Duct tape solves long-term care crisis

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Gary Tetz
Gary Tetz

“Astonished” doesn't even begin to cover the feeling. “Disappointed” is also woefully inadequate.

To describe a recent, very public, wardrobe humiliation that occurred in the bustling epicenter of a long-term care corporate headquarters, I think I'm going to have to go with “shocking” — dictionary-defined as “causing a feeling of surprise and dismay.”

Really, it should be a movie.

SCENE 1 — Trapped under a desk

Location: Busy marketing department

Cast: Aging Canadian (me) wearing black dress pants and a button-down shirt, oblivious colleagues

When it actually happened, I was, indeed, “surprised and dismayed.” I had just completed a portrait photo session and crawled under a colleague's desk to unplug an extension cord. That's when I heard the gruesome sound — a horrible, ripping noise that sounded like a cross between a wounded Canada goose and tearing open the Velcro flap on my pleather man bag.

Looking down suddenly, I could see with horror that my dress pants had just torn from knee to equator, rent asunder like the curtain of the Hebrew temple, though without any sign of an angel's hand.

So there I was, cowering beneath the desk in what probably appeared to be either impromptu prayer or a poorly executed Yoga move. I was also temporarily blinded by the whiteness of my now entirely visible left thigh, and hopelessly trapped Custer-style by my seated and still oblivious colleagues.

SCENE 2 — The glory of duct tape

Location: My office

Cast: Aging Canadian (me), now mercifully alone but overwhelmed with a sense of extreme hopelessness

Eventually, when no heads turned and I sensed an opportunity, I clutched at my pant leg, held the gaping fabric wound together as best I could, and scampered in fear back to my office, slamming the door and sinking against it with a sigh of relief. Why I felt any sense of respite, I have no idea, because really nothing had changed. Now I was simply trapped in a windowless room without food or water, and nothing to cover my modesty but old copies of McKnight's Long-Term Care News and a collection of multi-colored Post-It notes.

Instinctively I knew one thing: I wasn't leaving like this. I estimated I'd be missed within four to seven business days, and a search would begin at least by the following month. My body would eventually be found by a curious janitor and co-workers would shake their heads sadly before fighting over my valuables.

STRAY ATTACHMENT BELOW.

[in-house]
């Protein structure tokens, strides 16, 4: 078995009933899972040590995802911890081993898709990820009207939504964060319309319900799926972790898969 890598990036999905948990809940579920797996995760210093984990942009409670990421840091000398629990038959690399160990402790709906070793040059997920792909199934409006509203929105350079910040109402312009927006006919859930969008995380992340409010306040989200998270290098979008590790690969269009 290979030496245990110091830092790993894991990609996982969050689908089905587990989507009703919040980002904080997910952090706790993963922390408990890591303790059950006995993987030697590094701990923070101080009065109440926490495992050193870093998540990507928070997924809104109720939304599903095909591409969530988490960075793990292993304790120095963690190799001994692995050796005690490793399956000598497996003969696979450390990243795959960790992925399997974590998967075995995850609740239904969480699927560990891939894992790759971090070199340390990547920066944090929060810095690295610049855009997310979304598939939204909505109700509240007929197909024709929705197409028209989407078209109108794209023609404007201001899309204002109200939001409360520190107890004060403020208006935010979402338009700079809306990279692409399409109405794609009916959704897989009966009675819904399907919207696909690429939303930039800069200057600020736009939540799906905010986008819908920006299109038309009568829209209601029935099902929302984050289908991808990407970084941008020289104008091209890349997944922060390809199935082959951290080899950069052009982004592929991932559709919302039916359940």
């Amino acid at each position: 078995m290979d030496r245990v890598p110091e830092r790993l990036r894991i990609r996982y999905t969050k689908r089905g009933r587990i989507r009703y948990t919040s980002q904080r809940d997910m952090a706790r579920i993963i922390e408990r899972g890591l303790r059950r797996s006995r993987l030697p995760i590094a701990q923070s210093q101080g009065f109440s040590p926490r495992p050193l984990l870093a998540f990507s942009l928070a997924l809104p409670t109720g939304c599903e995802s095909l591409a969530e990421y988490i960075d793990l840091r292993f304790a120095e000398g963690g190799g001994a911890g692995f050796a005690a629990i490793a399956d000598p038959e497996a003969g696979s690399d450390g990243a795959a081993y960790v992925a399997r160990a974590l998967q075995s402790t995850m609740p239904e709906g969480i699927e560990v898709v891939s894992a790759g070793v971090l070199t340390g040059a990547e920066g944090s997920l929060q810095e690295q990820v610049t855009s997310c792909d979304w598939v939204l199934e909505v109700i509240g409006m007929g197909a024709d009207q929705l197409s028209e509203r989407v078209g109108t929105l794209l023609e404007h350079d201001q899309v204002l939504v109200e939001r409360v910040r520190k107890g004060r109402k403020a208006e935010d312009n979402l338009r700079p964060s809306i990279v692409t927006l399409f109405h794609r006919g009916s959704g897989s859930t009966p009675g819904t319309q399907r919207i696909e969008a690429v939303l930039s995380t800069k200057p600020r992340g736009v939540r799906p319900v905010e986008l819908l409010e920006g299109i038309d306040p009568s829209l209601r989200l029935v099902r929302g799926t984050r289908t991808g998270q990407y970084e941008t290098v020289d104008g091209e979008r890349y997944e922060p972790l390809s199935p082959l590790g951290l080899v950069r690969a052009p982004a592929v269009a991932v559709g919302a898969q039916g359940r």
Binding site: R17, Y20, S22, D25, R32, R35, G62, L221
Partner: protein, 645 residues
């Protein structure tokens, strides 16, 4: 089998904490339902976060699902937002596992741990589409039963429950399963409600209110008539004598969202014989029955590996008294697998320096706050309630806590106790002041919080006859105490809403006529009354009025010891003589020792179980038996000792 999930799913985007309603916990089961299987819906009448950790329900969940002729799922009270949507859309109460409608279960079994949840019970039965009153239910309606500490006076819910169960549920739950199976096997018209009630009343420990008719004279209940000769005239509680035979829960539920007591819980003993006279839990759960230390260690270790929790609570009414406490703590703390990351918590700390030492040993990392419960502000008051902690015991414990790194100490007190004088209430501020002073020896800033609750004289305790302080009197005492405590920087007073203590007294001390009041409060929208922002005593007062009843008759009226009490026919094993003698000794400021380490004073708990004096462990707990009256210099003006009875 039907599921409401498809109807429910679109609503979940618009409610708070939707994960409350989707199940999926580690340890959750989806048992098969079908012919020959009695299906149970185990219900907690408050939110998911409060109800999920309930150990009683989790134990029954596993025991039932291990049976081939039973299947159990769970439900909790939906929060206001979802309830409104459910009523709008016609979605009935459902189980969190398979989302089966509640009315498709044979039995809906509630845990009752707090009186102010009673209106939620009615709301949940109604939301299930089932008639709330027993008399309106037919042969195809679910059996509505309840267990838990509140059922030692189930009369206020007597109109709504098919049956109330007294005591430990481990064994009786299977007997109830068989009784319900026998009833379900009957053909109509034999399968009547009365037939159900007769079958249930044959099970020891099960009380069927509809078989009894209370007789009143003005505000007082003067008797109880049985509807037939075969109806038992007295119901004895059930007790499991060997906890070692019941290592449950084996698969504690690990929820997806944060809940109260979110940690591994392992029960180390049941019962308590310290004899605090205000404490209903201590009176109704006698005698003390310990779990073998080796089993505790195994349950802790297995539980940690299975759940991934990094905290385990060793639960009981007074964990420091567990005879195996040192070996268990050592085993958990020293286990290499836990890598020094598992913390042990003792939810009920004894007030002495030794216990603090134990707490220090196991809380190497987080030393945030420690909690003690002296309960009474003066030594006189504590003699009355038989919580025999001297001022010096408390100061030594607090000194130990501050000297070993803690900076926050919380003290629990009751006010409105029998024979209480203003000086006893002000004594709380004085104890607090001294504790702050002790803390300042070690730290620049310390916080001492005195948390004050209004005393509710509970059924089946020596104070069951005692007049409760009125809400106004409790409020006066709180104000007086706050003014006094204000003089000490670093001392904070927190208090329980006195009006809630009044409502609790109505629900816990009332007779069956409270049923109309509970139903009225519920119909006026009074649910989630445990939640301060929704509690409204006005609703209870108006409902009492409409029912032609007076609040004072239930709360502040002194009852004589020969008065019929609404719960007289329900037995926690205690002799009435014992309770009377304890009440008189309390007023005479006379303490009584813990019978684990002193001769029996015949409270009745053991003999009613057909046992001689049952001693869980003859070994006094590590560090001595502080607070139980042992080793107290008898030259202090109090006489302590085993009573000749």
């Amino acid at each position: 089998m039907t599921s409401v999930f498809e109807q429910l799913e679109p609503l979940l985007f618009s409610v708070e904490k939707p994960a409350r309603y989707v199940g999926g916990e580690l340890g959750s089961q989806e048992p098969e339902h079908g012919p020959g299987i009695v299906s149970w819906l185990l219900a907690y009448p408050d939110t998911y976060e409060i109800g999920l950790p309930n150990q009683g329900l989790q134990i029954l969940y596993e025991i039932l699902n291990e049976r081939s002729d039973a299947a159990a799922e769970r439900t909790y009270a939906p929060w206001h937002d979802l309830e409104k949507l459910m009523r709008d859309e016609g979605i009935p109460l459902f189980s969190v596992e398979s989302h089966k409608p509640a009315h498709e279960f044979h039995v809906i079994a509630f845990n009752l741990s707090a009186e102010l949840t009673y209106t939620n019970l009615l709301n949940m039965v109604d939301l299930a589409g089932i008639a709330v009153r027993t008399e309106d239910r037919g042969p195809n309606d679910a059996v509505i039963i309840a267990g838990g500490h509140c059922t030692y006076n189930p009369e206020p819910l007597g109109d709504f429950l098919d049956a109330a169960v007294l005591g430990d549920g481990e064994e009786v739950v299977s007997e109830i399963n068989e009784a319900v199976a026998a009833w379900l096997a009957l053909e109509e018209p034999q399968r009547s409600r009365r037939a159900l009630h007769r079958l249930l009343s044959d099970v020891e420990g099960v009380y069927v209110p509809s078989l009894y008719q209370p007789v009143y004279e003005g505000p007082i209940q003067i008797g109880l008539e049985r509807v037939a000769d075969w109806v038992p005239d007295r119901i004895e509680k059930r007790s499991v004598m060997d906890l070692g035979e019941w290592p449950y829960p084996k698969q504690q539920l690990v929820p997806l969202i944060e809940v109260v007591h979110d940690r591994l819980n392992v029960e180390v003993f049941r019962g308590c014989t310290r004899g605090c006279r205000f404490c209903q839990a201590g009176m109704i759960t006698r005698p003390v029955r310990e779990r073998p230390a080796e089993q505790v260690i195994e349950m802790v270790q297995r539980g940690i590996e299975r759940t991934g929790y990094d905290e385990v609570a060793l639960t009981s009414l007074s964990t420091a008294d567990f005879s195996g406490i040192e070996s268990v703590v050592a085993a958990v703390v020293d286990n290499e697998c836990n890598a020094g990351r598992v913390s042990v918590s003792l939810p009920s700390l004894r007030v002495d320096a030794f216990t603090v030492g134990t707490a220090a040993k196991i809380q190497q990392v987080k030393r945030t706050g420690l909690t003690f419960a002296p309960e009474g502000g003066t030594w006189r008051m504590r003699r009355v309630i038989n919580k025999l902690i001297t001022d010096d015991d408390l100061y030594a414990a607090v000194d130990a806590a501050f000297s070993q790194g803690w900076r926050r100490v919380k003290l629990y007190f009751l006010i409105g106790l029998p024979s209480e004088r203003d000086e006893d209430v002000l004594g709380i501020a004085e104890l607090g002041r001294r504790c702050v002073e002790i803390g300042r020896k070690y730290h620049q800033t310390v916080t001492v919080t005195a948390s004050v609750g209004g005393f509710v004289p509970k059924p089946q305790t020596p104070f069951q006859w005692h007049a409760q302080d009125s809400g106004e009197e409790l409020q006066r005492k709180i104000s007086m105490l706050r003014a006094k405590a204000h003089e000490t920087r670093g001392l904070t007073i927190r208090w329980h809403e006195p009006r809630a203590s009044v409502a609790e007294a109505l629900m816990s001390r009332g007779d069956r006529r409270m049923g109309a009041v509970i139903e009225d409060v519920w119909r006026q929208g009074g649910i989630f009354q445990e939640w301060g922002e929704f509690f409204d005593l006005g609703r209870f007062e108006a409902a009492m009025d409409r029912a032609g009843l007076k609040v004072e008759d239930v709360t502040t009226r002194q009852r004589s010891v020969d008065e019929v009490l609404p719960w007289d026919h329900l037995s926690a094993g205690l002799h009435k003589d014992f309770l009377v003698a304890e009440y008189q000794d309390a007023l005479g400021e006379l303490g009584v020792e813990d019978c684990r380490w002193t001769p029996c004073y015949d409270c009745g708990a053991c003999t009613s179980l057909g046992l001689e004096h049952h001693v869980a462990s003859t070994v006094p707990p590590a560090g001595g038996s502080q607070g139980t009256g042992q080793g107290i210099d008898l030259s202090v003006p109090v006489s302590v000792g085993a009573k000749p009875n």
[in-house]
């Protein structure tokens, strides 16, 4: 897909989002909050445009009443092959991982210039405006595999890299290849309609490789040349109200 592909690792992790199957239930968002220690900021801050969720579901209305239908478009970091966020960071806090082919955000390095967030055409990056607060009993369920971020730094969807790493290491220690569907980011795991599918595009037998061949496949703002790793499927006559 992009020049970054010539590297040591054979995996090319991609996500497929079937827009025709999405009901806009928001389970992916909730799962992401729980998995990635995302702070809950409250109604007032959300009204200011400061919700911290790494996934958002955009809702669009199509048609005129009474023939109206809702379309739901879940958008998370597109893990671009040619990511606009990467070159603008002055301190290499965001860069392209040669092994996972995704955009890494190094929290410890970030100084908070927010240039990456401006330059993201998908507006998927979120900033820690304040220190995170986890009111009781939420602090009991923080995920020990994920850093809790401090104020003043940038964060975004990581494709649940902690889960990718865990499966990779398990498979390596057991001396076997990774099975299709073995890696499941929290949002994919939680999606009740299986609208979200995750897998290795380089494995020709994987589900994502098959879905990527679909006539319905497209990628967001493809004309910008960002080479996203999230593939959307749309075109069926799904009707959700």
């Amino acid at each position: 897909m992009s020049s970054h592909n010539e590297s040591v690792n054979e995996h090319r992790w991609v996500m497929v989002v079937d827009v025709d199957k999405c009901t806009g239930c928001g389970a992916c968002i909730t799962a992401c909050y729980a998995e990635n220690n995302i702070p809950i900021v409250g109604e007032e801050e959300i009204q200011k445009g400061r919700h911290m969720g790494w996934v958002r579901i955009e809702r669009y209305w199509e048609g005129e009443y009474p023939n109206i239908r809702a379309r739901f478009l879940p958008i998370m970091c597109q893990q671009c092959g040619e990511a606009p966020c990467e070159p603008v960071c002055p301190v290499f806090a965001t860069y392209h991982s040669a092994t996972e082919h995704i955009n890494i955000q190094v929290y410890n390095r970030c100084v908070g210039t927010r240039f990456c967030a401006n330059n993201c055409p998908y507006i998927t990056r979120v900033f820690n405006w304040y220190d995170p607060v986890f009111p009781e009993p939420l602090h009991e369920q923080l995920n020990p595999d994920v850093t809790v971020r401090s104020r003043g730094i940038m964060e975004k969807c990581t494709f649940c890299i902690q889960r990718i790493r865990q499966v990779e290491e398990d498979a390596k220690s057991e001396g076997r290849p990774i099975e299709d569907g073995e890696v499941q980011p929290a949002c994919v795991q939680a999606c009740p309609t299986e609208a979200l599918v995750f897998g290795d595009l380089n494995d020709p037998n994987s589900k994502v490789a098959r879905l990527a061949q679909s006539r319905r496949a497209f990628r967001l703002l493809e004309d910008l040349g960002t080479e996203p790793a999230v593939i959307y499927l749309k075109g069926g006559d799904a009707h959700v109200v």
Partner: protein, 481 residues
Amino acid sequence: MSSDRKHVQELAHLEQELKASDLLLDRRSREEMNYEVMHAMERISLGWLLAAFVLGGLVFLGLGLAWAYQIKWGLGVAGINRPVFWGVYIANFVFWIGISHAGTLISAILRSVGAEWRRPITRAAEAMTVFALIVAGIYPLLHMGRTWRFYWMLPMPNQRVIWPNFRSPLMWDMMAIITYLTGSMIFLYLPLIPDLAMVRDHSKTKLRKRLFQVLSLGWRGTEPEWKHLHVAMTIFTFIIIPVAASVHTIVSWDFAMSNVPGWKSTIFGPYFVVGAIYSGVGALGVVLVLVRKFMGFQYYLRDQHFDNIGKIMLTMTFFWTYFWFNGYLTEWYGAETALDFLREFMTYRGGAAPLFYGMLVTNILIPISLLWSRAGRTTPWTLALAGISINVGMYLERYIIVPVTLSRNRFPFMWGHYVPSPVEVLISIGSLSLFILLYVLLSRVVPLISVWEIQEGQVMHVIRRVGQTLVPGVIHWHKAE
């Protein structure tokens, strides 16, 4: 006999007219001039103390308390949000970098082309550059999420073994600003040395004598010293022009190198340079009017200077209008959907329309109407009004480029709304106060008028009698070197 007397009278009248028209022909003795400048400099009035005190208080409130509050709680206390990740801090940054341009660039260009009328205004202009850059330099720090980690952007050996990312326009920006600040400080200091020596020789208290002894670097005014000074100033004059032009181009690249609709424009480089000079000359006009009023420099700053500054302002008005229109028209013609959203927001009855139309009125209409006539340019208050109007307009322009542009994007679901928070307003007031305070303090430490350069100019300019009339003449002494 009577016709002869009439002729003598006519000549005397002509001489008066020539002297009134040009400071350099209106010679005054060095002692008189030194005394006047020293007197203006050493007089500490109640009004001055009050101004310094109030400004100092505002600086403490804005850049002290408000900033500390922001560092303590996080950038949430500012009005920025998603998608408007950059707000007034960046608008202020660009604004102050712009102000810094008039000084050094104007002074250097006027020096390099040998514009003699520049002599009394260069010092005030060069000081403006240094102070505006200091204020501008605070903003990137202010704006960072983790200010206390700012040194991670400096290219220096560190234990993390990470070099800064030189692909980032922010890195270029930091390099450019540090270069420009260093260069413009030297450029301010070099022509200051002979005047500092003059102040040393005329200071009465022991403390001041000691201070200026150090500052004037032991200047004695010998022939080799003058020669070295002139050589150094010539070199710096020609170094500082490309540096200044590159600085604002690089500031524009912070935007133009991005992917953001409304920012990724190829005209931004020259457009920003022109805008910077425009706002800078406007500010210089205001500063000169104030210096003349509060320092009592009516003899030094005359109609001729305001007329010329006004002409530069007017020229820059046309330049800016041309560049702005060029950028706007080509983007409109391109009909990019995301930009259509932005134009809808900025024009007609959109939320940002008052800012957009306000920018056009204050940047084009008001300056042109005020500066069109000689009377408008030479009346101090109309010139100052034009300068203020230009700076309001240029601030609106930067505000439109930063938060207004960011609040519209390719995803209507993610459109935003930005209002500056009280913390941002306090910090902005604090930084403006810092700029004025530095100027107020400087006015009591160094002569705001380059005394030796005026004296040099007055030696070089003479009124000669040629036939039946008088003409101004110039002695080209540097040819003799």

Then I saw it — a fresh role of duct tape that beckoned like a bottle of Gatorade in Death Valley, left behind in the sand just for me, possibly by the Donner Party. For a moment, I felt like a member of Shackleton's desperate brigade, knowing that beyond all hope, rescue was at hand. Although I would have preferred it to have been delivered along with a flask of whiskey from the neck of a St. Bernard, I was grateful nonetheless.  

SCENE 3 — Desperate and afraid

Location: Salvation Army Thrift Store

Cast: Aging Canadian (me) with ripped pants covered with duct tape, puzzled patrons

After taping myself from stem to stern and slipping into the longest coat I could find, I rushed to the car with only 15 minutes before my next appointment. Panic now returned, realizing I was much too far from the nearest mall and that clearly, there would be no Nordstrom personal shopper involved.

Seeing just one available option, I steeled myself and executed the plan. And, no, there are no changing rooms at the Salvation Army thrift store.

SCENE 4 — Risking arrest

Location: The parking lot in front of the store

Time: Broad daylight

Cast: Bald, aging Canadian (me) who now has to change his clothes in public

Now came the ultimate indignity — changing in the car, in public, surrounded by crowds of passersby, in the full light of day, expecting to be arrested or Snapchatted, or both, at any moment. This is not easy for someone my age, by the way — I'm pretty sure I dislocated my elbow and snapped four tendons contorting myself to get the ripped pants off and the new pair of unwashed, straight-off-the-rack Salvation Army pants on. The miracle was that they fit, though perhaps not such a miracle once I discovered the waist was elastic.

SCENE 5 The aftermath

Location: Home, in my red chair

Time: Now

Cast: Bald, aging Canadian (me) who is trying to achieve catharsis by writing about this

Did any of this really happen? Here's your answer

What does this have to do with long-term care? I wanted to let you know that you're not alone in having to improvise to get the job done. Hopefully, your biggest challenges don't have to involve partial self-nudity, and they give you more than duct tape.

Also, I realized I can't effectively help you meet the needs of today's seniors until I move on from this horrifying experience and somehow heal.

The best way I could think of to do that was to truthfully and without shame share the story with a friend. You're my friends, right? Right?

Maybe I shouldn't have asked.

Things I Think is written by Gary Tetz, a national Silver Medalist and regional Gold Medal winner in the Association of Business Press Editors (ASBPE) awards program. He has amused, informed and sometimes befuddled long-term care readers worldwide since his debut with the former SNALF.com at the end of a previous century. He is a multimedia consultant for Consonus Healthcare Services in Portland, OR.

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Things I Think

Things I Think is written by longtime industry columnist Gary Tetz, who resides in Portland, OR. Since his debut with SNALF.com at the end of a previous century, he has continued to amuse, inform and sometimes befuddle long-term care readers worldwide.

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